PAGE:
Friday 14 June 2024
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Nottingham

Police warning after three properties closed because of ‘antisocial tenants’

Police have sent a warning to antisocial tenants after closing three problem properties in one day.

The flats, part of the Layton Burroughs development in Mansfield, had frequently been the scene of criminal and antisocial behaviour and have now been closed by officers.

The orders, granted at Nottingham Magistrates’ Court on Friday (10 May), prevent anyone from entering the property for three months and will allow the land to begin possession proceedings.

A fourth property has been partially closed, with tight restrictions placed on who can and can’t visit the address after concerns were raised about the resident’s welfare.

Officers have worked for several weeks to prepare detailed files of evidence –  describing incidents of drug dealing, violent crime and other behaviours that had caused upset to other residents.

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PC Patrick Shone, the officer responsible for the local area, said:

“The Layton Burroughs area should be a good place for people of all ages to live.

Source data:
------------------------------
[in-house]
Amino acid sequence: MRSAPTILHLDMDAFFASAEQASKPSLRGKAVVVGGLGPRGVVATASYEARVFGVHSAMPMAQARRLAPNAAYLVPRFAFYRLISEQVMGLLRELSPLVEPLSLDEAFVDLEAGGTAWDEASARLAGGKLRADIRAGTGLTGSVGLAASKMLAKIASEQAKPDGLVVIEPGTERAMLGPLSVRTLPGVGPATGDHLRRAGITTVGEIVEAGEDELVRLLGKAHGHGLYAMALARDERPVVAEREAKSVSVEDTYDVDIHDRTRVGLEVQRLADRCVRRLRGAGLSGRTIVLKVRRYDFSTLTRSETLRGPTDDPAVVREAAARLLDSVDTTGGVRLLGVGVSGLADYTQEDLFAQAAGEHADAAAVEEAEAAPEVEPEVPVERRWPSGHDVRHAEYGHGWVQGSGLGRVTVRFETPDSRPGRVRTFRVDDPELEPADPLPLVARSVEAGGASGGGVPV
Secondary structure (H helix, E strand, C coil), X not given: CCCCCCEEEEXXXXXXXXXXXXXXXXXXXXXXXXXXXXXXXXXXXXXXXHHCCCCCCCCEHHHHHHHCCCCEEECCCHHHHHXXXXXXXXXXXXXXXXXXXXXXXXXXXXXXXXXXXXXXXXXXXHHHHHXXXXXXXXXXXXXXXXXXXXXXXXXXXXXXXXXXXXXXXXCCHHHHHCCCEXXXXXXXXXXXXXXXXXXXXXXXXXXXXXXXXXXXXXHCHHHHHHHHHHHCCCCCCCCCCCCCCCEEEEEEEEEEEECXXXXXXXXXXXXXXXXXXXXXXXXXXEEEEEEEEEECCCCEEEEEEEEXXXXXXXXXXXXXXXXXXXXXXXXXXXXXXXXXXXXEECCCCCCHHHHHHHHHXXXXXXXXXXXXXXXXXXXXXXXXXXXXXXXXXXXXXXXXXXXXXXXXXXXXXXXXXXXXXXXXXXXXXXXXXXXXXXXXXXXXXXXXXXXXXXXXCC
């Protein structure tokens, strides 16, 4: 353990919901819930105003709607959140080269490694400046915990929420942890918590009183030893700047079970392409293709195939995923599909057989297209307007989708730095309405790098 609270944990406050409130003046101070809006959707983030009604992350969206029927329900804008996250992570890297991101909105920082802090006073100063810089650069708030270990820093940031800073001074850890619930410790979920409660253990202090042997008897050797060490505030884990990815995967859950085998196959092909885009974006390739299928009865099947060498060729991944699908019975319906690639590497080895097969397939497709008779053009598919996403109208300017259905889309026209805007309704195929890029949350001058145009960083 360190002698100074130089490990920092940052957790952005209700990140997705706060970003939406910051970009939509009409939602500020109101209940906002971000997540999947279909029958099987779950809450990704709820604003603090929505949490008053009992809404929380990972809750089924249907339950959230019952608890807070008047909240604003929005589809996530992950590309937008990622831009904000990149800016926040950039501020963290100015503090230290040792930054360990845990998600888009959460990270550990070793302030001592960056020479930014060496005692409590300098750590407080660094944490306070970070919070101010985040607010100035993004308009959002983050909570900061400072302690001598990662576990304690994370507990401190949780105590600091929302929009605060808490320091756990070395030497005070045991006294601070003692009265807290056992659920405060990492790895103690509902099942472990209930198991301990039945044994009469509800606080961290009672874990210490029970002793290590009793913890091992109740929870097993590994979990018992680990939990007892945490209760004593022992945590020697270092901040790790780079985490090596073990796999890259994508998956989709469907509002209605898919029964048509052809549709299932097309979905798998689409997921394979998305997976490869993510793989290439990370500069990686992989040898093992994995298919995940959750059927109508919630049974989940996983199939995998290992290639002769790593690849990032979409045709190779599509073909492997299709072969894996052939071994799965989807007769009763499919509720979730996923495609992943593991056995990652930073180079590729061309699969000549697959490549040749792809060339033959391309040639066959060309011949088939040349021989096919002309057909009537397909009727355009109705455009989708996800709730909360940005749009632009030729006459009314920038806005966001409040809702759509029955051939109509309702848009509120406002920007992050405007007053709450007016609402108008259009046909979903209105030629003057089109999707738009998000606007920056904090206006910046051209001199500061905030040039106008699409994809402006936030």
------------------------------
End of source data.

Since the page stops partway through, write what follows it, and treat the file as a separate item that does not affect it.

“It’s a modern and well-maintained development with a large communal garden and a great community spirit, and we won’t allow a small minority of residents to have such a negative impact on their neighbours.

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“These properties were very clearly linked to the supply of illegal drugs, which we believe is the root cause of other related offending and antisocial behaviour that have caused other residents such distress.

“We recognise too that the people involved can be intimidating and that neighbours may be fearful of standing up to these individuals.

“We, however, are not and will not hesitate to take similar action if this kind of behaviour continues in this area.”

Working with landlords PA Housing and Mansfield District Council, officers obtained multiple witness statements to present to the court.

The closure orders prohibit the former tenants from returning to the address and can be extended for longer if required. Any breach of the order is criminal offence in itself.

Councillor Angie Jackson, Joint Portfolio Holder for Health, Wellbeing and Safer Communities at Mansfield District Council, said:

“I am pleased that, after a lot of hard work and perseverance from all partners involved, we have secured the closure of these problem properties. It is not fair or right for a small minority of residents to blight the area with illegal activity, so I hope this sends a strong message that we will not tolerate such behaviour in our communities.

“The council will continue to work with and support the police to make our communities safer and nicer for residents to live in.”

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